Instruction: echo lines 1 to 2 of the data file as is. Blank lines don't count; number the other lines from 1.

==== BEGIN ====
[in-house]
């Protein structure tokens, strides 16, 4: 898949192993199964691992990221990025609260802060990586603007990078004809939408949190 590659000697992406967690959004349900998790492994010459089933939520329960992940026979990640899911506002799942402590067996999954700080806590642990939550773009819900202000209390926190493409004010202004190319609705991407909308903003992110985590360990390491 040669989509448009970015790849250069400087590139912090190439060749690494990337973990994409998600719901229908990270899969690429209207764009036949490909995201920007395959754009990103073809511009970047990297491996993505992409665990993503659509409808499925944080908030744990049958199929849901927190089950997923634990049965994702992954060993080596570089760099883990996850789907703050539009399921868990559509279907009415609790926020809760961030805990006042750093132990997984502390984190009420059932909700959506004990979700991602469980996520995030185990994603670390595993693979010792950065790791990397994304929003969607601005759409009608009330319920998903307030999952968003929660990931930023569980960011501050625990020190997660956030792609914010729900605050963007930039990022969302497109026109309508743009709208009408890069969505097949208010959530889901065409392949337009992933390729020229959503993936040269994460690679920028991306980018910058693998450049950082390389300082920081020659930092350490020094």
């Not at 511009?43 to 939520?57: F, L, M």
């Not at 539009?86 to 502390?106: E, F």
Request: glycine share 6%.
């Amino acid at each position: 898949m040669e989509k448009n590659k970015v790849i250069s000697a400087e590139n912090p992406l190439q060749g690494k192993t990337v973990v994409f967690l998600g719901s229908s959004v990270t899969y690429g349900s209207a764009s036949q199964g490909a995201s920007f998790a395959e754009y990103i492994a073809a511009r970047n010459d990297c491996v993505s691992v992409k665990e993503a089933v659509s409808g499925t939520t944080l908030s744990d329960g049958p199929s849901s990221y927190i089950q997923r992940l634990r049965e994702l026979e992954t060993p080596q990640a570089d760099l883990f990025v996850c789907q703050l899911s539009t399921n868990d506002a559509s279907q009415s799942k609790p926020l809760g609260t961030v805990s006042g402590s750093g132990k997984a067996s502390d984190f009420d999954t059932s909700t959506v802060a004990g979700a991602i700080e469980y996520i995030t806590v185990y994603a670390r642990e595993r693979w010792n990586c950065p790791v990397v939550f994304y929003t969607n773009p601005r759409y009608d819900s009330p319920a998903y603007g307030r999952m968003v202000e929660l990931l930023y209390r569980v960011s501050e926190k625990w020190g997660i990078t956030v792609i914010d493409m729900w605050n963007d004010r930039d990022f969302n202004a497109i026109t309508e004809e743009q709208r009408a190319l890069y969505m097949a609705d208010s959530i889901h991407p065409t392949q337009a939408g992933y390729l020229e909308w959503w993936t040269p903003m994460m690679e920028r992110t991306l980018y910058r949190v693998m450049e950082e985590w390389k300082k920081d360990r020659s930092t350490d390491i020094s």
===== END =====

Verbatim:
[in-house]
């Protein structure tokens, strides 16, 4: 898949192993199964691992990221990025609260802060990586603007990078004809939408949190 590659000697992406967690959004349900998790492994010459089933939520329960992940026979990640899911506002799942402590067996999954700080806590642990939550773009819900202000209390926190493409004010202004190319609705991407909308903003992110985590360990390491 040669989509448009970015790849250069400087590139912090190439060749690494990337973990994409998600719901229908990270899969690429209207764009036949490909995201920007395959754009990103073809511009970047990297491996993505992409665990993503659509409808499925944080908030744990049958199929849901927190089950997923634990049965994702992954060993080596570089760099883990996850789907703050539009399921868990559509279907009415609790926020809760961030805990006042750093132990997984502390984190009420059932909700959506004990979700991602469980996520995030185990994603670390595993693979010792950065790791990397994304929003969607601005759409009608009330319920998903307030999952968003929660990931930023569980960011501050625990020190997660956030792609914010729900605050963007930039990022969302497109026109309508743009709208009408890069969505097949208010959530889901065409392949337009992933390729020229959503993936040269994460690679920028991306980018910058693998450049950082390389300082920081020659930092350490020094």